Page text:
Centre for Civic Education (CCE), after a public debate of 17 May 2013 on the Draft Law on Higher Education, assess that the proposed text should be immediately withdrawn from the procedure. The reasons for the withdrawal of the text are numerous, and are reduced to the fact that it is impossible to submit amendments by modifications or ammendments.
CCE reminds that this is a very serious legal text which will have far-reaching consequences, and which is about to be brought in an extremely troubled and not transparent procedure. Public debate should have involve consultation with authorities, organizations, associations, individuals, and interested public at the initial stage of preparation of law and the debate on the law, hence the draft. In the case of the proposed text of the Law on Higher Education, it had violated the entire formal legal scope starting from the omitted public debate and the draft Law on Higher Education, until the violation of Article 7 of the Regulation on the procedure and manner of public consultation in the preparation of the law which provides that the deadline for submission of initiatives, proposals, suggestions and comments in written and electronic form, can not be shorter than 20 days from the date of publication of the call, and can also be extended.
As regards of content and the essential parts of the draft Law on Higher Education, it is difficult to identify the alleged intention of the proponent to improve the quality of higher education. But, it is quite clear intention to allow the founder of the state university or the government of Montenegro to create a legal basis in the near future to privatize the University of Montenegro, which brought into conflict the provision of autonomy of higher education institutions.
This is clear from the fact that the proponent wants to abolish the independence of the Council for Higher Education, the body that performs accreditation and re-accreditation. Instead the Council for Higher Education to be appointed by the Assembly, and thus be an independent body, proponent has, the appointment of the Council, and the criteria for enrollment in the first year of the study, entrusted to the Government, which again threatens the already fragile autonomy of universities. In this section, CCE believes that it was necessary to provide a wide range of structures with an even number of members who would be sitting in the Council so that the government cannot have more than half, only after which objectivity of judgments and decisions can be expected.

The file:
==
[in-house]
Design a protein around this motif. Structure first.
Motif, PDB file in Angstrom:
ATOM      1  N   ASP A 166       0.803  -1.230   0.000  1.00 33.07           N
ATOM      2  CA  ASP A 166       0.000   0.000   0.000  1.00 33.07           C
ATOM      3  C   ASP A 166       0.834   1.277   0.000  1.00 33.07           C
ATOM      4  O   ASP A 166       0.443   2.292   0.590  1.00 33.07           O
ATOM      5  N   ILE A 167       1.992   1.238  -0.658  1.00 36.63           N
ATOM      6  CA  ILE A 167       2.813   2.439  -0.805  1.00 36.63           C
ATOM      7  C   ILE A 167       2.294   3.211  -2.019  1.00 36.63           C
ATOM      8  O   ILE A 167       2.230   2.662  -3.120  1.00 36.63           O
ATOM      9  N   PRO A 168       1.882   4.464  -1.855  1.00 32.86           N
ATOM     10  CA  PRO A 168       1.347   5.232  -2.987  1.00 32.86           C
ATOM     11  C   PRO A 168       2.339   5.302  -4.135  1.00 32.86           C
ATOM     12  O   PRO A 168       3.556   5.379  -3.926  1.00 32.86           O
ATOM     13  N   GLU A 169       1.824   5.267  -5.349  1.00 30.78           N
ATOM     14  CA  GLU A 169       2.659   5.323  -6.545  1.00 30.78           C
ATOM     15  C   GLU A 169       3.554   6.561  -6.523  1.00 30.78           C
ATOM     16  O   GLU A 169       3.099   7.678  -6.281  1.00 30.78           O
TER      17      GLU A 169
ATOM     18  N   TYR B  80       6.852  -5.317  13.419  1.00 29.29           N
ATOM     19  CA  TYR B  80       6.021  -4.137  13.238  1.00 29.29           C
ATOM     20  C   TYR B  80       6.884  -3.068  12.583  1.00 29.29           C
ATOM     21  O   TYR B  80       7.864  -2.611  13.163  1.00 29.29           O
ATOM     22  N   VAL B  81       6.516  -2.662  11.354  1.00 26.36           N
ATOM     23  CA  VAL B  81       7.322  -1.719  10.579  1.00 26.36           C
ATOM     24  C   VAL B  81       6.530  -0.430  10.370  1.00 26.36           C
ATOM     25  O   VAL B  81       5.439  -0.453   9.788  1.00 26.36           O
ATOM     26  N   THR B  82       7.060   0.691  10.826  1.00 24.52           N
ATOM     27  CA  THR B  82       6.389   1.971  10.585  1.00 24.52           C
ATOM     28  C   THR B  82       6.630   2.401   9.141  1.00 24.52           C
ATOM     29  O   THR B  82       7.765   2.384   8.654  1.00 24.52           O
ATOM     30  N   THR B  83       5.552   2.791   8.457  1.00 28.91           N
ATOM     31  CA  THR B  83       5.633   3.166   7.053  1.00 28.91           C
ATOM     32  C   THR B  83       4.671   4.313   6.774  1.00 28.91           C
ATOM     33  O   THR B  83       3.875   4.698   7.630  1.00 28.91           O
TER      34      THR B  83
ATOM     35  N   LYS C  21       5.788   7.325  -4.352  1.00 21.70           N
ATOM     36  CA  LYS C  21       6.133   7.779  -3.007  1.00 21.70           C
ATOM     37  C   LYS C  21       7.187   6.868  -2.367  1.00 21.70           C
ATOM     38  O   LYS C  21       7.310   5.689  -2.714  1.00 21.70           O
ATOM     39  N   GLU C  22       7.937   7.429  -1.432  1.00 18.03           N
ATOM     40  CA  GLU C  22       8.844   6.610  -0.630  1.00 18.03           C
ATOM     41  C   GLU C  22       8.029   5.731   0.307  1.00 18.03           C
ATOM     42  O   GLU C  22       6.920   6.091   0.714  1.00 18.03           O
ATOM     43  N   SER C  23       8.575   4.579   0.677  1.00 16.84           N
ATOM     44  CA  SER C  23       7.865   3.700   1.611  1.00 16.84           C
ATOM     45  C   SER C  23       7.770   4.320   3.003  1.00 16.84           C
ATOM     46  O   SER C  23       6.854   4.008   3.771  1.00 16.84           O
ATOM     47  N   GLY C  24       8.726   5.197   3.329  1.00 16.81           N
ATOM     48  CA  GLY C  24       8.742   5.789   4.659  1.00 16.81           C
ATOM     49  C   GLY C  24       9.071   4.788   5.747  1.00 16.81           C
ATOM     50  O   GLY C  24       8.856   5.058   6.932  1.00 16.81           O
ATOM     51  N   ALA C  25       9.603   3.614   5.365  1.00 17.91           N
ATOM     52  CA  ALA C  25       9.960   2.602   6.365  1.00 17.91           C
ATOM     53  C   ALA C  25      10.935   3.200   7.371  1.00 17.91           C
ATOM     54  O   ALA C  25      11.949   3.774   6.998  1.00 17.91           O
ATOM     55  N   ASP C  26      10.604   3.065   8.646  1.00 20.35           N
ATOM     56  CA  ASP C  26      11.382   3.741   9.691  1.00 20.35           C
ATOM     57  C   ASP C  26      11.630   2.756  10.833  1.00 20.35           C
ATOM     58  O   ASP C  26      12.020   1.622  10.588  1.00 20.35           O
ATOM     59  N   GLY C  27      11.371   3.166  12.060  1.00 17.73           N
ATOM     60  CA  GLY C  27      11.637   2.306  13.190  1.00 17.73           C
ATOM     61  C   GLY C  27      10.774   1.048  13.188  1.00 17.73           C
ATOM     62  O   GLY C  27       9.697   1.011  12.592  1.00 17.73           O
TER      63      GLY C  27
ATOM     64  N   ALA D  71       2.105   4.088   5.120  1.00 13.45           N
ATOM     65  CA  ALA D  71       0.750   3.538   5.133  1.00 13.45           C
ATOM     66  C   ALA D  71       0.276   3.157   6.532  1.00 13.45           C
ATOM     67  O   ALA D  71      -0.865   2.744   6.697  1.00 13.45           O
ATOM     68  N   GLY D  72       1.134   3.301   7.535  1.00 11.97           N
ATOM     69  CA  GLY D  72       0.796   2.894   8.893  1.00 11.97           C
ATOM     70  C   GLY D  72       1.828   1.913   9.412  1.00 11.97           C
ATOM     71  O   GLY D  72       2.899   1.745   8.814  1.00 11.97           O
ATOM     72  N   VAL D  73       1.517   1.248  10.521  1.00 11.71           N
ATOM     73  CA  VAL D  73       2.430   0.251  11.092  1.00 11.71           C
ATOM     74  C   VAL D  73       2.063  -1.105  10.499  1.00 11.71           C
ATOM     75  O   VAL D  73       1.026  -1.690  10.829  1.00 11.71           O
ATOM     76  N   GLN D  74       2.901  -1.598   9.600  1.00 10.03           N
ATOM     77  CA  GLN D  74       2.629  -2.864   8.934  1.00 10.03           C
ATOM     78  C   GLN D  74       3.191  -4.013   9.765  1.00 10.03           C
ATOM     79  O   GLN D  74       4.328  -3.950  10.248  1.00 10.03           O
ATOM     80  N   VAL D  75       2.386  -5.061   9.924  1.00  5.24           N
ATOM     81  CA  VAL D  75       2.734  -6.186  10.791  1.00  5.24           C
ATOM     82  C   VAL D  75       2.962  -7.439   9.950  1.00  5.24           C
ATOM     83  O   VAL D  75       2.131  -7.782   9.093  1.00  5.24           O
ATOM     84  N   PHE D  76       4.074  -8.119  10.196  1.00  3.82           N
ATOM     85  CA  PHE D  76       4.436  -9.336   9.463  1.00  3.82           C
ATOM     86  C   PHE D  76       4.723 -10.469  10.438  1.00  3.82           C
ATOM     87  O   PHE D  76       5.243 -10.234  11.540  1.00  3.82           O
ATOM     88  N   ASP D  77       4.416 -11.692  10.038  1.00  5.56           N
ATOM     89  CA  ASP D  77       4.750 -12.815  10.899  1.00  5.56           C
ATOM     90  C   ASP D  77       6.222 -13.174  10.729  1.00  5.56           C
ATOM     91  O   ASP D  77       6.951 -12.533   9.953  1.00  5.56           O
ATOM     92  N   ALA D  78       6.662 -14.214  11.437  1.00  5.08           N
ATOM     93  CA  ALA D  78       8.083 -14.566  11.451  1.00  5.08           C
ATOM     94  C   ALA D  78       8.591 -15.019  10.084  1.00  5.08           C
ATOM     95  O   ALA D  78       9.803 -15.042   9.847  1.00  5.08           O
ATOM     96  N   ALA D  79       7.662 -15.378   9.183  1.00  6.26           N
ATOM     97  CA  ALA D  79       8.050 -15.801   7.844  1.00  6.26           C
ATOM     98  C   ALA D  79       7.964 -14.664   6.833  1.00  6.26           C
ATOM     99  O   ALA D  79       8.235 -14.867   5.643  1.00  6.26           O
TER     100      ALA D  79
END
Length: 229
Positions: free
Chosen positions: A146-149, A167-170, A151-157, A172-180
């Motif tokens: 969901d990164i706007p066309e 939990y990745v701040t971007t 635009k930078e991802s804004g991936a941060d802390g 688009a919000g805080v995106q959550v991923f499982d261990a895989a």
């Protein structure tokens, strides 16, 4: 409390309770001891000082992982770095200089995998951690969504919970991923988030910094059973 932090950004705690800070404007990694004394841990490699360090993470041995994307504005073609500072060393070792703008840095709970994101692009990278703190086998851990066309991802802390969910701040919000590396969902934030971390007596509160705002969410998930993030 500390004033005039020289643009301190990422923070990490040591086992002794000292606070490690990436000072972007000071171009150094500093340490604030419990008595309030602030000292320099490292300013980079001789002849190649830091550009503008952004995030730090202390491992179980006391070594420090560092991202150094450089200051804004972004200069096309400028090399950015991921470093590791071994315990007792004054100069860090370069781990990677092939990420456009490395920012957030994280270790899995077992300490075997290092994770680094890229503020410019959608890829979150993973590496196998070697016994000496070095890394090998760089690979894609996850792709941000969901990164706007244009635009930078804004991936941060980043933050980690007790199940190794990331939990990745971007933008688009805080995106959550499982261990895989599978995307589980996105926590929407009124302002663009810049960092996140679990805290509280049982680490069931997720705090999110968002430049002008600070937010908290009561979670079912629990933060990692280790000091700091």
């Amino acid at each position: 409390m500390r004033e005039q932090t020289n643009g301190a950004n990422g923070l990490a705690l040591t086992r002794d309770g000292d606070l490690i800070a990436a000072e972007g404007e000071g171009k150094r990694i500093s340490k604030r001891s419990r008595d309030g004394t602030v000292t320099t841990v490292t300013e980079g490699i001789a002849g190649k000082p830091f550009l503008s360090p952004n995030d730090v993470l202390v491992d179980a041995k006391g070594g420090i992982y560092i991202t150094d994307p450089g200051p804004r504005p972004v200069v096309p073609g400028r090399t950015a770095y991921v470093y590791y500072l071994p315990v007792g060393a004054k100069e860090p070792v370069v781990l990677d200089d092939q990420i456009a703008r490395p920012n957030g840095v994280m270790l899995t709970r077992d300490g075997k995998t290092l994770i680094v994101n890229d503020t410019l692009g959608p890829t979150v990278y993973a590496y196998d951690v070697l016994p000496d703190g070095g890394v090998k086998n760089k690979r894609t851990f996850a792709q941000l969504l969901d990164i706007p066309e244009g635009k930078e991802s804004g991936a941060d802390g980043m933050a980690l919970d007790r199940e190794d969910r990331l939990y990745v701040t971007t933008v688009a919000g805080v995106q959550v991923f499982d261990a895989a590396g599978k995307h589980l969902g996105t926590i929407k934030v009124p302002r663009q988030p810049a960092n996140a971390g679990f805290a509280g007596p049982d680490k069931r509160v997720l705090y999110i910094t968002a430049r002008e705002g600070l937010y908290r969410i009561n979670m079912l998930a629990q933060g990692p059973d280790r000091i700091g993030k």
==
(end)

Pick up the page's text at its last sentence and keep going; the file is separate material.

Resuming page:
Furthermore, CCE believes that the governance structure of universities must be standardized with precisely allocated relation of the founders in relation to other members within the Management Board, while the Rector should not be elected by the Senate proposal, but the Council meetings of faculty units by secret ballot, in order to avoid long-term cycling position of members of the Senate, the Board and the Rector. Imprecisely defined provision that “institution can without public competition engage academics from other institutions outside the territory of Montenegro as a visiting professor” produces double dual employment and labor relations on a full-time visiting professors precisely to those visiting professors, while teaching associates are elected on the basis of open competition announced by the institution for a period of one year, instead of at least 3 years, whereas our PhD candidates are being sent to the bureau of labor, while visiting professors take money away from Montenegro. This will legitimize existing and encourage new examples of corruptive behavior.
CCE hopes that proponents of the draft Law on Higher Education will find enough reasons in recommendations made at the public debate and that they will withdraw the Proposal from the procedure. Ultimately, CCE expects that the leadership of the University of Montenegro is going to be engaged in this approach, if they hold up to the public interest.
Snežana Kaluđerović, Programme Coordinator